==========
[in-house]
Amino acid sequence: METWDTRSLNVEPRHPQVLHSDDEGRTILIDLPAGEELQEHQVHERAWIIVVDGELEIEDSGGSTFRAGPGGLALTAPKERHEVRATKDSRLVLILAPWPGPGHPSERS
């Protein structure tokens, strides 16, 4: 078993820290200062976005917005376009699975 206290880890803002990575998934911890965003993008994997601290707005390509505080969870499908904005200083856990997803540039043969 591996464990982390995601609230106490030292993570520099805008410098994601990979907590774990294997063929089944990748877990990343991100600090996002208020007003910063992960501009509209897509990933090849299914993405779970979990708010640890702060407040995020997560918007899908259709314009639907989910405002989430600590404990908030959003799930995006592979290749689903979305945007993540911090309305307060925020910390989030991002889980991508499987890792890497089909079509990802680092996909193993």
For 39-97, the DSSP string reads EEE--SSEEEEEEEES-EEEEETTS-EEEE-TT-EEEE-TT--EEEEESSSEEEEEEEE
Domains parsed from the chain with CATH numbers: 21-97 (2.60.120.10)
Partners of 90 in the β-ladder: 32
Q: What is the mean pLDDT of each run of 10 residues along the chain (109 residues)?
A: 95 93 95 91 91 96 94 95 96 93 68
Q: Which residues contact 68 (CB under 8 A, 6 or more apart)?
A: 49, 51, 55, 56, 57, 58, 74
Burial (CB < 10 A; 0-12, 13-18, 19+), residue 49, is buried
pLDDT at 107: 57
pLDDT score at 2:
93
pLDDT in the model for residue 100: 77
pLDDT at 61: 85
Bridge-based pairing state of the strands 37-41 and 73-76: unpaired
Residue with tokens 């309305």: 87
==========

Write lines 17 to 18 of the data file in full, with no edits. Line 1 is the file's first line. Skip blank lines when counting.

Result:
Bridge-based pairing state of the strands 37-41 and 73-76: unpaired
Residue with tokens 């309305």: 87